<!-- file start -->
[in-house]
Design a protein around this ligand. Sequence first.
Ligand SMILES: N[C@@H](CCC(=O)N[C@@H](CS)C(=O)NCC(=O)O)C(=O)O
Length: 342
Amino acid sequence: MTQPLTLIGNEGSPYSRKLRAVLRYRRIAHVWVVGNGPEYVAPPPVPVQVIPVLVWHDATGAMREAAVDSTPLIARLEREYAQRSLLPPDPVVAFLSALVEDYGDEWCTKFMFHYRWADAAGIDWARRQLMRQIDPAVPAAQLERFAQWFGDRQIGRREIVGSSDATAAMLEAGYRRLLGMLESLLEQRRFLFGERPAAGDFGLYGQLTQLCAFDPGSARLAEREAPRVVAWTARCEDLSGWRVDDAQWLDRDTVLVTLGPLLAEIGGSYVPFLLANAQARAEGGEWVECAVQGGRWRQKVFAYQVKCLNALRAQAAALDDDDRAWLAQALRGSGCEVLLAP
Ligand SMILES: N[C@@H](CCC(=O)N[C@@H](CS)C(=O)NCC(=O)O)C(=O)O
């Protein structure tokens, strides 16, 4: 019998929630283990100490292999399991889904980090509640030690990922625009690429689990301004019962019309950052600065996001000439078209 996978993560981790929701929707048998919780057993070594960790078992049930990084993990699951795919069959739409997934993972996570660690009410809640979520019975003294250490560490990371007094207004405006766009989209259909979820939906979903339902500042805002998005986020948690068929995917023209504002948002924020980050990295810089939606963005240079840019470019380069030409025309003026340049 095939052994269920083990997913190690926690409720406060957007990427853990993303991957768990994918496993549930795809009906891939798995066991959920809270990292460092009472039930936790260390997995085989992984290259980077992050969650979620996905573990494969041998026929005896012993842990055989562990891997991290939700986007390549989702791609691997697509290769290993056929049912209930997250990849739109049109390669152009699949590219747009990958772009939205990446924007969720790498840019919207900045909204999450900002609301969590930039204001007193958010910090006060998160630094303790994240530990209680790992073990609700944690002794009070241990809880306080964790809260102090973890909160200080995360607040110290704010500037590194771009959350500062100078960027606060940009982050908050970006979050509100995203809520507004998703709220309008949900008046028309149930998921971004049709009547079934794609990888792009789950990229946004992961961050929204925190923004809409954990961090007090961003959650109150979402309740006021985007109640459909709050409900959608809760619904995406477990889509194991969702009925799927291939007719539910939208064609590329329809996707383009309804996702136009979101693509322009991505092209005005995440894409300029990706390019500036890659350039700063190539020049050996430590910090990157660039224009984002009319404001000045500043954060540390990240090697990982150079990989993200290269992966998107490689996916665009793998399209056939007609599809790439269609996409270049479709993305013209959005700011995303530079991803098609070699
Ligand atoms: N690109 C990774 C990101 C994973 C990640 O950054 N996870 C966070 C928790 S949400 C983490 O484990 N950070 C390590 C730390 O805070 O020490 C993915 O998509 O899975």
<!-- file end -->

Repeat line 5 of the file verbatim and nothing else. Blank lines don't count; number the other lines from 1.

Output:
Amino acid sequence: MTQPLTLIGNEGSPYSRKLRAVLRYRRIAHVWVVGNGPEYVAPPPVPVQVIPVLVWHDATGAMREAAVDSTPLIARLEREYAQRSLLPPDPVVAFLSALVEDYGDEWCTKFMFHYRWADAAGIDWARRQLMRQIDPAVPAAQLERFAQWFGDRQIGRREIVGSSDATAAMLEAGYRRLLGMLESLLEQRRFLFGERPAAGDFGLYGQLTQLCAFDPGSARLAEREAPRVVAWTARCEDLSGWRVDDAQWLDRDTVLVTLGPLLAEIGGSYVPFLLANAQARAEGGEWVECAVQGGRWRQKVFAYQVKCLNALRAQAAALDDDDRAWLAQALRGSGCEVLLAP